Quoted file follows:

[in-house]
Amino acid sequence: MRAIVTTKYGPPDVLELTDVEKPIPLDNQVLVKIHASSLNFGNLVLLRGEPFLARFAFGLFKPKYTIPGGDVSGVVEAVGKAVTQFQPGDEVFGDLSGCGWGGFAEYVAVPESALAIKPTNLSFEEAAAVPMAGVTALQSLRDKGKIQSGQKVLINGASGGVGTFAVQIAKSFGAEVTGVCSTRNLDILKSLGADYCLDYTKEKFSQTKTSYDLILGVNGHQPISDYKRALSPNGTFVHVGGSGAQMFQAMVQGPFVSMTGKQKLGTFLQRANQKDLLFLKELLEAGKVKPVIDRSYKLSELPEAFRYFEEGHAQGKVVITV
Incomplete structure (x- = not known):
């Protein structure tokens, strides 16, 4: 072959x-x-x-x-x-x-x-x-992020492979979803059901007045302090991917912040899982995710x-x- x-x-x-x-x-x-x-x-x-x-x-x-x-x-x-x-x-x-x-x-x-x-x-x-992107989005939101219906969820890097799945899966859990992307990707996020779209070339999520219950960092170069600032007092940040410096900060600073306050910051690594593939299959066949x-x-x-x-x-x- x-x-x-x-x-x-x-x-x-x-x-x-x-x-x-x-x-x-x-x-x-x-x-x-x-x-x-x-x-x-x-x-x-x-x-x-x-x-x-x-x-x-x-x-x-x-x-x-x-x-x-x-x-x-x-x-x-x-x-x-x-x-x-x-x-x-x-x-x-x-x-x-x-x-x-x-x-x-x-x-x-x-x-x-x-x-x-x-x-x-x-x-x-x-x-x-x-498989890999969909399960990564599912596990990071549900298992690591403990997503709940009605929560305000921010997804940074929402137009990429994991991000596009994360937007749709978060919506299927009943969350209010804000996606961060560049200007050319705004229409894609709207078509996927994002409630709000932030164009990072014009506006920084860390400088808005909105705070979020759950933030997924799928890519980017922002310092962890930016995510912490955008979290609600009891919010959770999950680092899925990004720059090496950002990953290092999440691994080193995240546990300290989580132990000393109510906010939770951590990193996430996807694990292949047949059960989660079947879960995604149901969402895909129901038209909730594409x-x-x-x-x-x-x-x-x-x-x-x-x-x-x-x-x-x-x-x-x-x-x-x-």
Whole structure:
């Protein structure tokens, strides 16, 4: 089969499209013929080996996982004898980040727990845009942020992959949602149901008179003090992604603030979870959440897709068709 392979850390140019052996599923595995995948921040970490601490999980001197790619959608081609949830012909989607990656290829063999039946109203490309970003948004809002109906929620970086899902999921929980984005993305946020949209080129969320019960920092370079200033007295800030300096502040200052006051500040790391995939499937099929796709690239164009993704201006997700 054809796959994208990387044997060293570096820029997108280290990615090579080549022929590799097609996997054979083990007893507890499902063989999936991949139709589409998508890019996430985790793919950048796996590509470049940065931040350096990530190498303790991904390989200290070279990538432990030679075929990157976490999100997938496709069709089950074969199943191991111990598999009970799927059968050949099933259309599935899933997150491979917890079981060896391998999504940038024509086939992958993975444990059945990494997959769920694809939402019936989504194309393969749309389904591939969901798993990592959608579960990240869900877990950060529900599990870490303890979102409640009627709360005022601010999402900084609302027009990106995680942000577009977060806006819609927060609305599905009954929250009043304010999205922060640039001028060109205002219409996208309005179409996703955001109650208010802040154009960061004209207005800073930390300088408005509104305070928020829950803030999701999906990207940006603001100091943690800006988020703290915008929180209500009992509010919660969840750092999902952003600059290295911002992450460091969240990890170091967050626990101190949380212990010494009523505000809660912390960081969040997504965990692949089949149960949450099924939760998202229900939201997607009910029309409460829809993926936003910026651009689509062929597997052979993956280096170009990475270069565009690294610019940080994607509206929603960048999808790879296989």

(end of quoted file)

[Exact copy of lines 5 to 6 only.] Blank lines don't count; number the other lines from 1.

Whole structure:
């Protein structure tokens, strides 16, 4: 089969499209013929080996996982004898980040727990845009942020992959949602149901008179003090992604603030979870959440897709068709 392979850390140019052996599923595995995948921040970490601490999980001197790619959608081609949830012909989607990656290829063999039946109203490309970003948004809002109906929620970086899902999921929980984005993305946020949209080129969320019960920092370079200033007295800030300096502040200052006051500040790391995939499937099929796709690239164009993704201006997700 054809796959994208990387044997060293570096820029997108280290990615090579080549022929590799097609996997054979083990007893507890499902063989999936991949139709589409998508890019996430985790793919950048796996590509470049940065931040350096990530190498303790991904390989200290070279990538432990030679075929990157976490999100997938496709069709089950074969199943191991111990598999009970799927059968050949099933259309599935899933997150491979917890079981060896391998999504940038024509086939992958993975444990059945990494997959769920694809939402019936989504194309393969749309389904591939969901798993990592959608579960990240869900877990950060529900599990870490303890979102409640009627709360005022601010999402900084609302027009990106995680942000577009977060806006819609927060609305599905009954929250009043304010999205922060640039001028060109205002219409996208309005179409996703955001109650208010802040154009960061004209207005800073930390300088408005509104305070928020829950803030999701999906990207940006603001100091943690800006988020703290915008929180209500009992509010919660969840750092999902952003600059290295911002992450460091969240990890170091967050626990101190949380212990010494009523505000809660912390960081969040997504965990692949089949149960949450099924939760998202229900939201997607009910029309409460829809993926936003910026651009689509062929597997052979993956280096170009990475270069565009690294610019940080994607509206929603960048999808790879296989």